Finding My Balance: My First Stand-Up Paddle Board Experience

We here at Oyster.com don't call ourselves travel experts for nothing -- it's because our staff has traveled the world and tested out thousands of hotels, restaurants, and activities. So today we're bringing you an inside look at exactly how we uncover what we discover; namely, by giving almost everything a shot. Oyster writer Alex Creange gives us her first-hand account of her first-time experience with paddle boarding.

Stand-up paddle boarding is kind of like the kale of water sports -- one day no one’s ever heard of it, the next it’s the leafy green (hrrmm, aquatic activity) de rigueur. Just flip through any magazine these days and you’re bound to see a toned and tanned celebrity paddling through the waters of some exotic locale. Though the origin of stand-up paddle is not completely known, it is thought to most likely have Hawaiian or Polynesian roots. Which is why, on my recent trip to Oahu, I felt compelled to give it a try. I just had to see what this new craze was all about! Plus, looking like a celeb while commandeering the waters of the Pacific didn’t sound half bad either.

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Perhaps it was the guiding hand of ancient Polynesian surf gods that called me to SUP, or maybe it was just my thirteen year old sister begging me to try it with her, but on our second day at Aulani, A Disney Resort & Spa (pictured above), we made our way over to the beach rental hut. After a $60 charge ($30 per person, per hour, no cash accepted) and a life vest fitting, we headed towards the shore. “Have you done this before?” the beach attendant asked. We shook our heads. He quickly gave us instructions: kneel on the board, paddle out, find your balance, and stand. I watched my sister go first. Within minutes she was gliding across the water.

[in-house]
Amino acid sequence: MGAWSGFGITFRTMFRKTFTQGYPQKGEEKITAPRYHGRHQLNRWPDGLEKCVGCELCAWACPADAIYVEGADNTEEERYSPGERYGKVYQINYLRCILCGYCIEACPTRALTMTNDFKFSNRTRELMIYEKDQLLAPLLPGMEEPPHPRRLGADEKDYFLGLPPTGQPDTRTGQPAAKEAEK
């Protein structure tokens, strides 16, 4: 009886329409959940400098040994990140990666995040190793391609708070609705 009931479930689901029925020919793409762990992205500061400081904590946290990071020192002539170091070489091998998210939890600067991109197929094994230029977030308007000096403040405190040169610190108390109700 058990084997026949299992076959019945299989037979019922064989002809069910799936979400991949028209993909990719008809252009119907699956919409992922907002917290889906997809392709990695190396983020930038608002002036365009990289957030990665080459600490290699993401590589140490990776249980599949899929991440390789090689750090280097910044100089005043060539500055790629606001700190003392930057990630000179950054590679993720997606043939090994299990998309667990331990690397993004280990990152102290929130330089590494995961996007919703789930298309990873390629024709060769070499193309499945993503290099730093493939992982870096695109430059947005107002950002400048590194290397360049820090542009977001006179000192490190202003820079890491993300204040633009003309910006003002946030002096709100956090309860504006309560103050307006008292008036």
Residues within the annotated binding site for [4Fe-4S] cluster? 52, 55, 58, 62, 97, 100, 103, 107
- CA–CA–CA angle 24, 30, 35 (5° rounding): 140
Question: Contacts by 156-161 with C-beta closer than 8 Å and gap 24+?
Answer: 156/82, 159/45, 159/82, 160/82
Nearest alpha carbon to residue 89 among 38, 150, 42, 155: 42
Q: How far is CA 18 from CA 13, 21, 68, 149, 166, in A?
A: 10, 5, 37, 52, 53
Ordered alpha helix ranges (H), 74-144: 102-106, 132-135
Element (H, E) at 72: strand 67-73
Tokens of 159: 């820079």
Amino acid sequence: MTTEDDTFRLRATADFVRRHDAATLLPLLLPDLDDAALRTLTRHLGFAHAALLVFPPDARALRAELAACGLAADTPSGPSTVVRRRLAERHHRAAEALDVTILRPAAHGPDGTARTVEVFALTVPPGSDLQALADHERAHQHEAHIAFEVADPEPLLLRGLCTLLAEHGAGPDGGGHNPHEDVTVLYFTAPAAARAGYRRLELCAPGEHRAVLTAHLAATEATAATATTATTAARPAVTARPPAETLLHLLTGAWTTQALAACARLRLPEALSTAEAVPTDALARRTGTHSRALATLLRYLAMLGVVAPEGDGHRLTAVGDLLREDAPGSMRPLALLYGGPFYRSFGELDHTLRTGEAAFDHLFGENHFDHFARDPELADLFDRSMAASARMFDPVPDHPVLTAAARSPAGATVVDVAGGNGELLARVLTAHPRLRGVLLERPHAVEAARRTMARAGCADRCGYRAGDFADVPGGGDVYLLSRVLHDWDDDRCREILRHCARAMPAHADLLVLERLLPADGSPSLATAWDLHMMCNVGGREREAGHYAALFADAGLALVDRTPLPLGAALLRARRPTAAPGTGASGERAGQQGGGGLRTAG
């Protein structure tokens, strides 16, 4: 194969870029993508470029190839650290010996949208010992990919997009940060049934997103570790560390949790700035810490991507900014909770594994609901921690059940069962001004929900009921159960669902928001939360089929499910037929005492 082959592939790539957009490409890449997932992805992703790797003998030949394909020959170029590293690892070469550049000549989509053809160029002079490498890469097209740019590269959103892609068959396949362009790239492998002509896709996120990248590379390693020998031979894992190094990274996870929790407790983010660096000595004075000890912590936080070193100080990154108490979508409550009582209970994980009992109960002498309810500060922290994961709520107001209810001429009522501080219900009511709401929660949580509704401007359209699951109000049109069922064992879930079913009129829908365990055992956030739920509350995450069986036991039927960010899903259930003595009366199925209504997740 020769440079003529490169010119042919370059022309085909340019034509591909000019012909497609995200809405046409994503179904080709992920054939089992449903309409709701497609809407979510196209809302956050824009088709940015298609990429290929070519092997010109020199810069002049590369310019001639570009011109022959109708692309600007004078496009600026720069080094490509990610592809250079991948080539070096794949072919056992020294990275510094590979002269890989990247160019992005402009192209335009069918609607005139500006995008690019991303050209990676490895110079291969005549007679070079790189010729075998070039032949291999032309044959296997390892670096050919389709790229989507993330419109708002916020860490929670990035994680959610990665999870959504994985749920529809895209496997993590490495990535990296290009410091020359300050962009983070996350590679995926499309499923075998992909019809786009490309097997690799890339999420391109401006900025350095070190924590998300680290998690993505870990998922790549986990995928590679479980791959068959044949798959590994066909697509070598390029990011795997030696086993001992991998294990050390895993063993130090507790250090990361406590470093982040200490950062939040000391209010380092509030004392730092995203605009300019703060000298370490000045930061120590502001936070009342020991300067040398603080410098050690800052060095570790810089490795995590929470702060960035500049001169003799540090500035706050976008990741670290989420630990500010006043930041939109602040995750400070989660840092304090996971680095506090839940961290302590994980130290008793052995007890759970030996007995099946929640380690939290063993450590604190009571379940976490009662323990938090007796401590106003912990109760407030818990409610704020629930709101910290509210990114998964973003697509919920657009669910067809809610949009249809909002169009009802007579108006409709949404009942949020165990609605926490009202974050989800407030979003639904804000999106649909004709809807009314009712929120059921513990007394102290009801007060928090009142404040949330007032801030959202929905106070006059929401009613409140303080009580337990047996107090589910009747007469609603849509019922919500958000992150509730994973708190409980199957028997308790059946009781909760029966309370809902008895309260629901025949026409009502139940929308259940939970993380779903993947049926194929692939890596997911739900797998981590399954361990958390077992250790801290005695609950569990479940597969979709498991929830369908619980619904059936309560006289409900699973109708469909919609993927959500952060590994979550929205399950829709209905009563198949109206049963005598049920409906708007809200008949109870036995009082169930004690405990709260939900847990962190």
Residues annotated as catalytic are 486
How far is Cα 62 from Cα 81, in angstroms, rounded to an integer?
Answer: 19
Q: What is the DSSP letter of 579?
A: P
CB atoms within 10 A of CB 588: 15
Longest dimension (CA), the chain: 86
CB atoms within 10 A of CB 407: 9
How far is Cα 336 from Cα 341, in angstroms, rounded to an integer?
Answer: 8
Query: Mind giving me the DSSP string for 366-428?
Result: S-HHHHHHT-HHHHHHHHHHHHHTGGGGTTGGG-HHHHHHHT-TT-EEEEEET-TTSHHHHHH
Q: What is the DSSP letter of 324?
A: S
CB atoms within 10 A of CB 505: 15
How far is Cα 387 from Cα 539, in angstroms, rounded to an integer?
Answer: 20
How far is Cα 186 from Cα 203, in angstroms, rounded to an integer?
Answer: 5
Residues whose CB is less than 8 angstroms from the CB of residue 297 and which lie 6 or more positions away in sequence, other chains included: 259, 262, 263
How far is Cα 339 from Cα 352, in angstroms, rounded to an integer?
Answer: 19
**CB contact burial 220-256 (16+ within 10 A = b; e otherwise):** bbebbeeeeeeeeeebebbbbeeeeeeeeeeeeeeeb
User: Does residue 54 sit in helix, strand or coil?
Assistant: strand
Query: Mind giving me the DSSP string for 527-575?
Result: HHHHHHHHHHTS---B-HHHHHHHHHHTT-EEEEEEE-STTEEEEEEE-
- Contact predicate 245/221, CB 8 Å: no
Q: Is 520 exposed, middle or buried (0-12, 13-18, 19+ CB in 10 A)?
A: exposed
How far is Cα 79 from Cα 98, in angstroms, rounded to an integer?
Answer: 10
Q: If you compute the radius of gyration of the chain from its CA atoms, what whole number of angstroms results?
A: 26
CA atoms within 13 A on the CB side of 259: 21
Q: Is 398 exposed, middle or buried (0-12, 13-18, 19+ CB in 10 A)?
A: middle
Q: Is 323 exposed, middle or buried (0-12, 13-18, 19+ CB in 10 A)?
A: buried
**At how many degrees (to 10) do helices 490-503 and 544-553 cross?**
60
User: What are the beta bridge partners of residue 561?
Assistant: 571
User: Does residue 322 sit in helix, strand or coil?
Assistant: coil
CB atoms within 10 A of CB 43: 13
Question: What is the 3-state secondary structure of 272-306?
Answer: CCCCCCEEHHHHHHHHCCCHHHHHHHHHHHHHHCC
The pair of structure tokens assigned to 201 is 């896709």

I prepared to follow suit. I shimmied onto the board and knelt as best I could. Wrangling my paddle, I attempted to stand. But my legs wobbled, and my stance, which was supposed to be upright, looked more like a quarterback’s under center. The board rocked beneath me, and within seconds I flopped into the water. As I bobbed up and down in my life vest, I looked around for my sister to see if the same fate had befallen her. Nope. There she was, standing atop her board as if it was solid ground, pointing and laughing in my direction.

Too proud to give up, I threw myself back on the board and tried again. I wholeheartedly attempted to "find my balance" as the instructor had, well, instructed, but apparently my balance is lost and would rather not be found. Even when I was able to stand upright, my legs trembled and I cringed at every passing wave, hoping and praying that I would just stay afloat. For anyone familiar with Aulani’s lake-like cove, “waves” might seem like a laughable term. But while not Waikiki, there are some formidable breakers, which make balancing an act more easily said than done. After an hour’s time, I was more than happy to paddle to shore. My sister on the other hand, was already making plans for the next day’s SUP session.

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Twenty-four hours later, my body ached in ways I never thought possible. My arms, my legs, my shoulders...MY CORE! Who knew that an hour’s worth of wobbling, flopping, and “finding my balance” could provide such a workout. Unbeknownst to me at the time, SUP has long been a popular form of exercise for surfers on days when the surf is lackluster. SUP provides a complete (I'm talking complete) workout, and exercises almost every muscle in the body. And for those looking to add a wellness component to their SUP experience, hotels like the Four Seasons Maui (pictured above) offer SUP yoga classes. Yup, when you’re balance gets really good, you can actually downward dog atop your paddle board as it floats along in the ocean. Let’s just say it’ll be a while before I sign up for that class.

Though my first stand up paddle experience was far less glamorous than I’d originally hoped, I can finally see why everyone likes it so much. It’s challenging, it’s adventurous, and (I’ll admit it), it’s fun. And just like kale, it’s good for you too.

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